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Updated: 12/27/04

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Monday, 27 December, 2004

Horrific news out of South Asia. A massive earthquake (upgraded to 9.0) hit just off the Western coast of Sumatra, Indonesia, causing a series of huge tsumanis to devastate the Indian Ocean coastlines. Thailand, Sri Lanka, and India were particularly hard hit, with a current estimate of 23,000 dead.

Twenty-three Thousand. That is an unreal number. And I don't think for a minute that it will stop there. Fifty thousand? Could very well be. Or higher. The stories of survivors make it all the more amazing that anyone was able to live through it. Command Post has a round-up of stories - here are some excerpts:

Earthquake Updates: First Person Accounts

"First of all we climbed up into a tree for a couple of minutes, but then that began to fall down because of the water. We were swept along for a few hundred meters, trying to dodge the motorcycles and the refrigerators and the cars that were coming with us. Finally, about 300 meters inshore, we managed to get hold of a pillar, which we held on to, and then the waters just gradually began to subside.."

Simon Clark, a 29-year-old photographer from London who vacationing in Thailand on Koh Ngai island near Krabi, told Reuters: "Suddenly this huge wave came, rushing down the beach, destroying everything in its wake. People that were snorkeling were dragged along the coral and washed up on the beach, and people that were sunbathing got washed into the sea."

An account from a Washington Post reporter who was there:

I was a quarter way around the island when I heard my brother shouting at me, "Come back! Come back! There's something strange happening with the sea." He was swimming behind me, but closer to the shore.


Then I noticed that the water around me was rising, climbing up the rock walls of the island with astonishing speed. The vast circle of golden sand around Weligama Bay was disappearing rapidly, and the water had reached the level of the coastal road, fringed with palm trees.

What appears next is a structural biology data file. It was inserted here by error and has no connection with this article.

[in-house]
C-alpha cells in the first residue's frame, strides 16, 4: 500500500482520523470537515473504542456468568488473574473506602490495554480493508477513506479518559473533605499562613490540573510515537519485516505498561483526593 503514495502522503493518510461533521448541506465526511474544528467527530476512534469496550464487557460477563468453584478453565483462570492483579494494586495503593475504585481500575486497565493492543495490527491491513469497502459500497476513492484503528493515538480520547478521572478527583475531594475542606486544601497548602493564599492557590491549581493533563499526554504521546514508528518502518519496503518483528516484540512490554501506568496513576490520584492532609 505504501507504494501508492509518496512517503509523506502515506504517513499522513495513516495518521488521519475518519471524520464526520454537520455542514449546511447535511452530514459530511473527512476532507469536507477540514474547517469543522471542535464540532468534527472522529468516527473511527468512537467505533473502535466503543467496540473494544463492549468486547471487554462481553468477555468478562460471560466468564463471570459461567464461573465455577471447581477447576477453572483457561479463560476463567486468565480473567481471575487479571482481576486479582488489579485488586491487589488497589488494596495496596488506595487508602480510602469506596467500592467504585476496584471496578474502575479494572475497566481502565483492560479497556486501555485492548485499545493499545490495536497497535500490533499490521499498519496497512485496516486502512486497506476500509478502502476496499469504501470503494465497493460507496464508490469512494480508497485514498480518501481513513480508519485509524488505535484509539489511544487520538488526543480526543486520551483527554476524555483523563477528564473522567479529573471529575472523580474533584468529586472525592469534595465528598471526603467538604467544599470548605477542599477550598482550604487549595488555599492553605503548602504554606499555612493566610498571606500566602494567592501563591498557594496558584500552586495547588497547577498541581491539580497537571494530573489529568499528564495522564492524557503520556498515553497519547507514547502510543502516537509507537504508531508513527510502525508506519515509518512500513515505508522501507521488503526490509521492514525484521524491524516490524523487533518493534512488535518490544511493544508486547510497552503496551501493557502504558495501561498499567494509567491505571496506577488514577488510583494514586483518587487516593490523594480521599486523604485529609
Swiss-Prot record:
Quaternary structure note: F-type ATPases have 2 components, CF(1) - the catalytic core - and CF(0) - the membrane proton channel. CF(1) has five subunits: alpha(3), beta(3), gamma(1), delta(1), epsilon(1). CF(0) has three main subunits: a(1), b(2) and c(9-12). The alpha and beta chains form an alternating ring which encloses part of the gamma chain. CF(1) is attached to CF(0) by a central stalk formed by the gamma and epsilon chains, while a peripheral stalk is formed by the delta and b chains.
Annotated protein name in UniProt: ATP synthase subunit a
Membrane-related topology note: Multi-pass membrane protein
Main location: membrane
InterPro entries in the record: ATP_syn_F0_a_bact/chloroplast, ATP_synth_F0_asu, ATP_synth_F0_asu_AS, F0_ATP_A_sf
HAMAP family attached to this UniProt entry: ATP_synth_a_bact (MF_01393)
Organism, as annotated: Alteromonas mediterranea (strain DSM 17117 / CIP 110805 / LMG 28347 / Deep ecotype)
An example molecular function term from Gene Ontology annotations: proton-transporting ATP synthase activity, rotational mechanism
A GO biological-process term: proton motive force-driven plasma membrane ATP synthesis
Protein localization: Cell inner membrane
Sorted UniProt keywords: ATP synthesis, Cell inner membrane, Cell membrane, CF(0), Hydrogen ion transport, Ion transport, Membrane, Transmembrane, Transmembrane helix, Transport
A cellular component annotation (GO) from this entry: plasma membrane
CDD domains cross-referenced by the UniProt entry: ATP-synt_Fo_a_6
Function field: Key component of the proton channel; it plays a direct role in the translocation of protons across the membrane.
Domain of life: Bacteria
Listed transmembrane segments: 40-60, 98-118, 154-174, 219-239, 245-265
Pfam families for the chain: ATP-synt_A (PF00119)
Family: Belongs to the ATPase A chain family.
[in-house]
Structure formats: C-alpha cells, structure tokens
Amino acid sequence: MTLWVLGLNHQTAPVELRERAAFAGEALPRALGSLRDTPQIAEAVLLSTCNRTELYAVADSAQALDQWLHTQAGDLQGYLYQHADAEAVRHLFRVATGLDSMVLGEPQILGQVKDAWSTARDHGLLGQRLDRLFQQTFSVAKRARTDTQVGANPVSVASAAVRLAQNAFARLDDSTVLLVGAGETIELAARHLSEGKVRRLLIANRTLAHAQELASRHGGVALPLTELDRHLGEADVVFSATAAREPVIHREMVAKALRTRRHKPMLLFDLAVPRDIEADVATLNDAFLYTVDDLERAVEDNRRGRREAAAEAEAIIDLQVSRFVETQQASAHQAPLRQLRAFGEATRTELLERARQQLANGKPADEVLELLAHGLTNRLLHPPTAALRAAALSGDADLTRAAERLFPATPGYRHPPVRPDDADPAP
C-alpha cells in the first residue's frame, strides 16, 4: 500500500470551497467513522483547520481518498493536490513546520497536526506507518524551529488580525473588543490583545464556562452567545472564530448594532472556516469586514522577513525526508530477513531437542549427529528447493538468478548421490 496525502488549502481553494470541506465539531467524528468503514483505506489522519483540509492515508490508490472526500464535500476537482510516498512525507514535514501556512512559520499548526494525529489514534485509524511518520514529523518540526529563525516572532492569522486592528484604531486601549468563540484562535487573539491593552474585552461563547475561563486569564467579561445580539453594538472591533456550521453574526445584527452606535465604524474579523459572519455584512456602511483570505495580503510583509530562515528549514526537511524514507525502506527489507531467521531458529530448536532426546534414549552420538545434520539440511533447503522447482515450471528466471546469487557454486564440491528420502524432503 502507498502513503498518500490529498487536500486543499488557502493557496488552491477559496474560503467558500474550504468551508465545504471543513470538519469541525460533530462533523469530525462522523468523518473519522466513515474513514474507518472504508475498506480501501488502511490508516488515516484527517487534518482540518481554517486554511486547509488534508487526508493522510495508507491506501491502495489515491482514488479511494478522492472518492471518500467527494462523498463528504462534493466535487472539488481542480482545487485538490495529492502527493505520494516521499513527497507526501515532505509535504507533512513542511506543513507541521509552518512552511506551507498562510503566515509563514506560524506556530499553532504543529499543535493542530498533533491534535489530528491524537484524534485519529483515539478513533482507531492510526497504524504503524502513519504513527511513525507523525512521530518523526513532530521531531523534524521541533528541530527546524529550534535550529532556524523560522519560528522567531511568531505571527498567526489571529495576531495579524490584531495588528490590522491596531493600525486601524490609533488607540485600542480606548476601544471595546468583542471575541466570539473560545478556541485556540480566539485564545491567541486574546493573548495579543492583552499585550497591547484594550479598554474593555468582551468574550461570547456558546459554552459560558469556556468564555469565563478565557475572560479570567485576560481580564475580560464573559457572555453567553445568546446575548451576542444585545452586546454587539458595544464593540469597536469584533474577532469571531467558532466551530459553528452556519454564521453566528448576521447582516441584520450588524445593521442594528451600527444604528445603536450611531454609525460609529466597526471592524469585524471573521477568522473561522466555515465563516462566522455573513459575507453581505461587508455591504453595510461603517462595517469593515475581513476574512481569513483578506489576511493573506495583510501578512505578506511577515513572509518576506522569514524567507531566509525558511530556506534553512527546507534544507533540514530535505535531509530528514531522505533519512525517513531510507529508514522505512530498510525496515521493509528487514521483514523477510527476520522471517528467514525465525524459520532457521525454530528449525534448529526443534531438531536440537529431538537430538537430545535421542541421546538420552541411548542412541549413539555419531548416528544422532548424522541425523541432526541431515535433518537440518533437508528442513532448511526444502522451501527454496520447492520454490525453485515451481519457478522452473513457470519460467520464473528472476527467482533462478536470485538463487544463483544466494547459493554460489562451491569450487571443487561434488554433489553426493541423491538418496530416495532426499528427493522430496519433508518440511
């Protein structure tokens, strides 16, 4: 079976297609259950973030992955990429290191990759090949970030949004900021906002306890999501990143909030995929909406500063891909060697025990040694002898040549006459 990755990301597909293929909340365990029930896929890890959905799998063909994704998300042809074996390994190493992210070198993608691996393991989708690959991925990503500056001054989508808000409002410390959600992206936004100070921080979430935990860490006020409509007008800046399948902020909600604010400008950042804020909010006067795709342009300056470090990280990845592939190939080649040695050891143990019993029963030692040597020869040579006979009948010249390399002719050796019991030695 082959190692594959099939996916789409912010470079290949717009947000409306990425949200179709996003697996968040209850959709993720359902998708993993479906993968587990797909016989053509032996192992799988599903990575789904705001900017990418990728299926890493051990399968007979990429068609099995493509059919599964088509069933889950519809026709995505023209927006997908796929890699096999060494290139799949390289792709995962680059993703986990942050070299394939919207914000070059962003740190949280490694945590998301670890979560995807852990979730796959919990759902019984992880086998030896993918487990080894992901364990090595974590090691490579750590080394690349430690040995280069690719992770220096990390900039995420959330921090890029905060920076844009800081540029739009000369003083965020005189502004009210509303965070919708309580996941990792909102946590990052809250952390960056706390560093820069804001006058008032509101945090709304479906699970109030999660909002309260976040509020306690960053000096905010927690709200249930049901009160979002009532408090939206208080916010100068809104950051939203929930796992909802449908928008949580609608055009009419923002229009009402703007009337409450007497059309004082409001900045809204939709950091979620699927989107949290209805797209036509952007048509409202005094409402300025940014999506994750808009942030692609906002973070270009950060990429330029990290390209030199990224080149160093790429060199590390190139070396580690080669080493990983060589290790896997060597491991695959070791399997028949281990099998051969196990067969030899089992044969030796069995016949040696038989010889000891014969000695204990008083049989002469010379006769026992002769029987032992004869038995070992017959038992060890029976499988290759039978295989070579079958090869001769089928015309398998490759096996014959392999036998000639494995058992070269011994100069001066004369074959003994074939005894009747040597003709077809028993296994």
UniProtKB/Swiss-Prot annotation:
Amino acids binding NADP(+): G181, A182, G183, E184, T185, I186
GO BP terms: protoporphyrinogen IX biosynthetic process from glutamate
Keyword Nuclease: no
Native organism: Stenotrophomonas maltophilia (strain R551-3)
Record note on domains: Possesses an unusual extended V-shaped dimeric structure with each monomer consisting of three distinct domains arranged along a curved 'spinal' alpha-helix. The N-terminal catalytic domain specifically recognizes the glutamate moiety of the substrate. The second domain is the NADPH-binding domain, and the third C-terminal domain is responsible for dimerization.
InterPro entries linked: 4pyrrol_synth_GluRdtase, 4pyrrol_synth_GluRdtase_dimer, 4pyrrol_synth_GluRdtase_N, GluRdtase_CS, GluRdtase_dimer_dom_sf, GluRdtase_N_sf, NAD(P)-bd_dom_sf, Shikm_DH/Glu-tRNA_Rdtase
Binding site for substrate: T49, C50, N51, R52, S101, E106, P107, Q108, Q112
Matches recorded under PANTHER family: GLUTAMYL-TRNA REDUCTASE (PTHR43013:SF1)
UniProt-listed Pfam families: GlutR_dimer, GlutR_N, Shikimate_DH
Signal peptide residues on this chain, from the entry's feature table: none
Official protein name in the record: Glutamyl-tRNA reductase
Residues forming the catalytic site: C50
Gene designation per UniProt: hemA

John Krueger, 34, of Winter Park, Colorado, described being inside his bungalow Sunday on Khao Luk Beach, north of Phuket, with his wife, Romina Canton, 26, of Rosario, Argentina, when the water filled it and blew it apart.

"The water rushed under the bungalow, brought our floor up and raised us to the ceiling. The water blew out our doors, our windows and the back concrete wall. My wife was swept away with the wall, and I had to bust my way through the roof,".

Unfortunately the death toll will only go up, as disease and lack of food and water add to the problems. I haven't been to the Indian Ocean, but many of the places where we stay in South-East Asia are similar in topography. I can only imagine what a 10- to 15-meter wave would do to some of the resorts in Borneo, Bali or PNG. Very frightening.

Here's an amazing quote from Hassan Sobir, high commisioner of the Maldives:

"The entire Maldives, I think, for a moment disappeared from the planet Earth," he said. "Some islands may have completely disappeared, we don't know yet. But all the islands have been affected."


One of the most disturbing things about this, however, is how the American media really didn't make a big deal out of this at first. Of course I wasn't watching TV much yesterday, but if there were 23,000 Americans killed in a disaster like this, don't you think they would cover it?